If the Government thinks the cuts will solve the problem, it is deluding itself. In real terms, public expenditure will fall by just three per cent by 2015. Spending on politically sensitive areas such as health and welfare will be maintained, while the foreign aid budget will actually be increased. More money will also have be spent on interest payments as the debt continues to rise.
Recent tax rises won’t solve the debt problem either. Indeed they may even make it worse. When tax rates are already high, increasing them further tends to reduce the amount raised.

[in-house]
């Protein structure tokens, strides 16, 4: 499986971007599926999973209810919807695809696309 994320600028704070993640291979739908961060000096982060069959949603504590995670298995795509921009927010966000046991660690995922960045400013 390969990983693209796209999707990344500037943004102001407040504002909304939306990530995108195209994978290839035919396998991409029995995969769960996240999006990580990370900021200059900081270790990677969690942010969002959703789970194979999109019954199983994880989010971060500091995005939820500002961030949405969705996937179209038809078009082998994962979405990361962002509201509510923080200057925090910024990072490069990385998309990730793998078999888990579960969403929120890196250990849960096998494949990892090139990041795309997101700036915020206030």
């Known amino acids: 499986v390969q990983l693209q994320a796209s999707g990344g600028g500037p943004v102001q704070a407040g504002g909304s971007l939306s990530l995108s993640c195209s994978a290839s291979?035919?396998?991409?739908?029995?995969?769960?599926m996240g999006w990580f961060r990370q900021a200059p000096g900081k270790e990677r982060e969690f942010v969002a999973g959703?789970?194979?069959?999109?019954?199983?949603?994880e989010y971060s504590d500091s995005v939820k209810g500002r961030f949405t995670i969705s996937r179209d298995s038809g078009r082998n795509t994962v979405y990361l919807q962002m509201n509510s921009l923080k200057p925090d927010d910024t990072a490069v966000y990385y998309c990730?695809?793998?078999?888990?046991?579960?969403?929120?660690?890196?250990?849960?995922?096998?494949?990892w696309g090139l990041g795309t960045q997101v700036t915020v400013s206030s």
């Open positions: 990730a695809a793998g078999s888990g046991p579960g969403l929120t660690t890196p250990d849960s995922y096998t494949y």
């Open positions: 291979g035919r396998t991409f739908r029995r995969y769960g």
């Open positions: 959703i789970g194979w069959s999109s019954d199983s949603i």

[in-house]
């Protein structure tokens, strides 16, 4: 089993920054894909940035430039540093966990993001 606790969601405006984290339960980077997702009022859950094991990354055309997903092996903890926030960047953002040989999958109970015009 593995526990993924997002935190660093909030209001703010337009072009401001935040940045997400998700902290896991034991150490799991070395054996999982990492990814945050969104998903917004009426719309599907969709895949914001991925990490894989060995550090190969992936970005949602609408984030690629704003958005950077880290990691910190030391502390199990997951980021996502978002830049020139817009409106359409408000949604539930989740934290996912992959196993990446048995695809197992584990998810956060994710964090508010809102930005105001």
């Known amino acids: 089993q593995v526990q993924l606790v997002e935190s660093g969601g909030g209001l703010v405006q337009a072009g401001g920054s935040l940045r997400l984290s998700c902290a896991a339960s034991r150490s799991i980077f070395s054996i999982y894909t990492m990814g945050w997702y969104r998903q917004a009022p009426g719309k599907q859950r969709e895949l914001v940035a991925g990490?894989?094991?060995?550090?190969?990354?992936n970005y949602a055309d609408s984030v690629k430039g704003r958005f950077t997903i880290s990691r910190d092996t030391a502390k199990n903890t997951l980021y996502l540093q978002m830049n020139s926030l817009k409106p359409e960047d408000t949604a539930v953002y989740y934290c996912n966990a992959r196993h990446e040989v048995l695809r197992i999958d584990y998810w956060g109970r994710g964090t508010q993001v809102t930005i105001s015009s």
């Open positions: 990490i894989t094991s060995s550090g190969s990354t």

Take the 50p rate of income tax. This will deter hard work and encourage tax avoidance strategies. It will also make it harder for UK-based firms to attract top international talent. Some companies may even decide to move elsewhere. Higher taxes destroy wealth and make both individuals and the government worse off. With little room for manoeuvre on tax rates and cuts, the Chancellor hopes that economic growth will deliver the extra revenues needed to balance the books. But if the recovery falters, the public finances could be in deep trouble again.
Read the rest of the article on the Yorkshire Post website.